A flexible attitude to the use of distortion and effects alongside a cheerful approach to hacking existing music are strong prerequisites for the cut-up artist, and in Help Aphex Twin 4.0 V/Vm show that they do not lack on either front. Rather than target Top 40 artists to rework the magic, such as Kid 606's The Action Packed Mentallist Brings You the Fucking Jams does, V/Vm's release reels in a target much closer to the IDM musical base -- Richard D. James. Help Aphex Twin 4.0 hits multiple James projects, including Aphex Twin and Polygon Window. Expect all the favorite James tunes detuned, repitched, distorted, meshed, and folded, including what was once "Windowlicker," "Come to Daddy," "Ventolin," and "Quoth." There are more than a few references to cash, banks, and money throughout the release. V/Vm's critique/reinvention of Aphex Twin hits the viscera as samples of "If I Were a Rich Man" from Fiddler on the Roof or ABBA's "Money Money Money" collide with the wreckage of what was once Aphex Twin beats and tweaks. The selection of tracks on Help Aphex Twin 4.0 at times sounds only like Aphex Twin tracks tweaked and re-rendered on a laptop, without quite having turned into something else. "WINDuckyQuaCKer" bends and pitches the original "Windowlicker," but there doesn't appear to be much else going on. However there are more than a few points where V/Vm turn the known into noisy, sheared rebuilds worth more than a brief listen. "druNQs"' rapid breaks and rearranged slivers of sound prove V/Vm know the business. "Dirty Quoth" is a solid high-decibel reinvention of an old classic fused with the requisite "money talks" samples. It may not be the point of Help Aphex Twin 4.0 to be an altogether serious release, though it may be amusing for like-minded listeners. On the level of serious listening, Help Aphex Twin 4.0 will probably not inspire frequent return visits. This release is true to form, but look elsewhere in the V/Vm discography for the foundation.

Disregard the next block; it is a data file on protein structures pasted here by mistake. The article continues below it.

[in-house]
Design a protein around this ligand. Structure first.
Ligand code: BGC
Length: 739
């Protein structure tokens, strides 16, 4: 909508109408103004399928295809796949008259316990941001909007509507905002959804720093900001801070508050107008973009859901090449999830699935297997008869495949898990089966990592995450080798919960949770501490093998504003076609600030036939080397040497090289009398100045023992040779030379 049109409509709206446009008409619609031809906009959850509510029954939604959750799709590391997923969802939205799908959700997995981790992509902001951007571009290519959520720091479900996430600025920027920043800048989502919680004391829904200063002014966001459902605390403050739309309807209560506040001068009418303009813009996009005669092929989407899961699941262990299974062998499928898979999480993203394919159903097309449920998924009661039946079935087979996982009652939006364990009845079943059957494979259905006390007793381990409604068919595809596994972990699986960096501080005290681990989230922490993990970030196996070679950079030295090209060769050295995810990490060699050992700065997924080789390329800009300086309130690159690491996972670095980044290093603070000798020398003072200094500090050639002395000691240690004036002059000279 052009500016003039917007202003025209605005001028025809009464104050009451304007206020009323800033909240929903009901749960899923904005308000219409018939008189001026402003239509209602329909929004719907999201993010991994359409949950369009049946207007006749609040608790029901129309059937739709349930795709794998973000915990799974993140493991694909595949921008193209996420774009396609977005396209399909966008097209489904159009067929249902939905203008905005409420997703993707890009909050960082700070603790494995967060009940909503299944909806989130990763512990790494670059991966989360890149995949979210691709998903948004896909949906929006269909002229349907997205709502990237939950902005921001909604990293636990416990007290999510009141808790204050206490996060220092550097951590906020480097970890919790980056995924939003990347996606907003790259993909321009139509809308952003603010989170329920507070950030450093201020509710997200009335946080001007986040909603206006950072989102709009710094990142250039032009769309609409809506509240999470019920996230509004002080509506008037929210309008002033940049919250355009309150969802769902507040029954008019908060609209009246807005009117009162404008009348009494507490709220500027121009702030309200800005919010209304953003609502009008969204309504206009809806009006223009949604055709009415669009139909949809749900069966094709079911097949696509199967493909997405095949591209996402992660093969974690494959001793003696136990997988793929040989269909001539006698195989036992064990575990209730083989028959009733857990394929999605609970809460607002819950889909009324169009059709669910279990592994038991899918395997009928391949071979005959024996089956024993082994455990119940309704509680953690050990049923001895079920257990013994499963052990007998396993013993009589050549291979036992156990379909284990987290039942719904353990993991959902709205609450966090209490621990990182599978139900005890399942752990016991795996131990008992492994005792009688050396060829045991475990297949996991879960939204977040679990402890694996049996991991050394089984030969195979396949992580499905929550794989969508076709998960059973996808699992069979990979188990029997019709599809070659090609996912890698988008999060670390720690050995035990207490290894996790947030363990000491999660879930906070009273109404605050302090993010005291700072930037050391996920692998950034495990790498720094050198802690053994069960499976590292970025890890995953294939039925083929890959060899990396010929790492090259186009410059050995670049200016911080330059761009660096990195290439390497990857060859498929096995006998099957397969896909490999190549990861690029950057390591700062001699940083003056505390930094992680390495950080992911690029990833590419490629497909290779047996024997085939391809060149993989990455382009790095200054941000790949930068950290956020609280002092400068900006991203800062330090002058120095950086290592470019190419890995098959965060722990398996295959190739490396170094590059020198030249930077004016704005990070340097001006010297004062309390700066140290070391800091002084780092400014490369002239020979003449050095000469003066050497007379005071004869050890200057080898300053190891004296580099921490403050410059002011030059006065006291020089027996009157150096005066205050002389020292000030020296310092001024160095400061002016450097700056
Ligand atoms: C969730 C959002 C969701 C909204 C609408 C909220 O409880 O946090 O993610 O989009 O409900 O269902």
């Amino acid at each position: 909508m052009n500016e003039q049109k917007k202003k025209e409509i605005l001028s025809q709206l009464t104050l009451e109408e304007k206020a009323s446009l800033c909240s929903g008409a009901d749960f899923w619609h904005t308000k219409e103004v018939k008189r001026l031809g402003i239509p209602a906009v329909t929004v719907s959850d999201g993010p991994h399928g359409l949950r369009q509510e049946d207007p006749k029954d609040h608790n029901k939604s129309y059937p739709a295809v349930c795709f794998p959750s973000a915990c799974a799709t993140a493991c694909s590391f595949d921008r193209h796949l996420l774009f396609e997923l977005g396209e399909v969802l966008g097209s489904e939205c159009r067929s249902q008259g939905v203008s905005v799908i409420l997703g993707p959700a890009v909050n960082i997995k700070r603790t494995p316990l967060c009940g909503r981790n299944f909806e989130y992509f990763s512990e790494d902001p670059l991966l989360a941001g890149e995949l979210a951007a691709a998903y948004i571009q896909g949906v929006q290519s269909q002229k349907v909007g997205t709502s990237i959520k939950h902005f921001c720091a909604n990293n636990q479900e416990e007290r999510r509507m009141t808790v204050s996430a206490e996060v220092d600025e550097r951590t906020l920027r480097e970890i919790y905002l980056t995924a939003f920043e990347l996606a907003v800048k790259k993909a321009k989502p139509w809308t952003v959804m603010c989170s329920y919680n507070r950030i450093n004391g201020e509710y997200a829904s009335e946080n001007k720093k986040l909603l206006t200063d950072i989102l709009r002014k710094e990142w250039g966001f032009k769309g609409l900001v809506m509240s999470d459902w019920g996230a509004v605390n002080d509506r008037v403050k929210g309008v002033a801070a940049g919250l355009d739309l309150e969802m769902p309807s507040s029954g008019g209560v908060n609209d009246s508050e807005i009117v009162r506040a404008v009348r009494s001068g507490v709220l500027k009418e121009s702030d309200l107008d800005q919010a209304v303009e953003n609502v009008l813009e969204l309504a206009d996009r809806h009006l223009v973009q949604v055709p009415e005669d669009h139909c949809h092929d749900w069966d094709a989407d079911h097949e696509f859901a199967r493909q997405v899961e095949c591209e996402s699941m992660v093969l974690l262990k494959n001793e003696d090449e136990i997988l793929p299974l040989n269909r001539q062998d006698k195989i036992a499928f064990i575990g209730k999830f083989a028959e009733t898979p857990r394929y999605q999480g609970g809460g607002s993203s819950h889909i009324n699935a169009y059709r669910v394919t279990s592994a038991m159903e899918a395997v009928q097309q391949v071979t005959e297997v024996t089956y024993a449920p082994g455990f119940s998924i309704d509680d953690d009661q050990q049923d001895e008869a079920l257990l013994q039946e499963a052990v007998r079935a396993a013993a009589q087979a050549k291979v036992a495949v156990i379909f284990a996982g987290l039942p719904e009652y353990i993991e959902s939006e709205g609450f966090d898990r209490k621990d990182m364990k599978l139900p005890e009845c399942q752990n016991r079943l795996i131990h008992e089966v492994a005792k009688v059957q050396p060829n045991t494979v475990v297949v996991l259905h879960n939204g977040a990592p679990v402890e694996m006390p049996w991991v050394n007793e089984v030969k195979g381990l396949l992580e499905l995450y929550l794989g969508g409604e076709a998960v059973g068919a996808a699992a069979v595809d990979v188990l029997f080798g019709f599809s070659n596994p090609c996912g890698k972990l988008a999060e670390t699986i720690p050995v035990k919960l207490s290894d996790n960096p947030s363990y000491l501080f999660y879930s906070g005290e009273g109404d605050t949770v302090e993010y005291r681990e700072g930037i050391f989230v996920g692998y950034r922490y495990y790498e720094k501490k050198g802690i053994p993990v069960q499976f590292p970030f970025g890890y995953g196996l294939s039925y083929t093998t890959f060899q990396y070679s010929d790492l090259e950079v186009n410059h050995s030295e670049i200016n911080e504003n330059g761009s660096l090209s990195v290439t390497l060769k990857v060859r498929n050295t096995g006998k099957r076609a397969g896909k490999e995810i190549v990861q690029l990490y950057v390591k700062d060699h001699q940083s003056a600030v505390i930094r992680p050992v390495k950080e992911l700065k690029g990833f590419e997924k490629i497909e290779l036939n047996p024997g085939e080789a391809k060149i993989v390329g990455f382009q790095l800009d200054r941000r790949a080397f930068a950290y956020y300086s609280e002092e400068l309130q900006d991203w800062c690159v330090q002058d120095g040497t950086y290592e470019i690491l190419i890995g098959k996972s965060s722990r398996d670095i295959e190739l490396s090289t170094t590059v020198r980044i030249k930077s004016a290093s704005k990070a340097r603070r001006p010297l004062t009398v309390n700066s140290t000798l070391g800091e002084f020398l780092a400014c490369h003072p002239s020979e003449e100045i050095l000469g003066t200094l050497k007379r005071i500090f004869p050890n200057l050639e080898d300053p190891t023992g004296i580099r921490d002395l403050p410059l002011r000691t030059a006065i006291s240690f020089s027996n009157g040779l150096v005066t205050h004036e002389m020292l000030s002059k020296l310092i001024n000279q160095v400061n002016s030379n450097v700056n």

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AllMusic Review by Theo Kavadias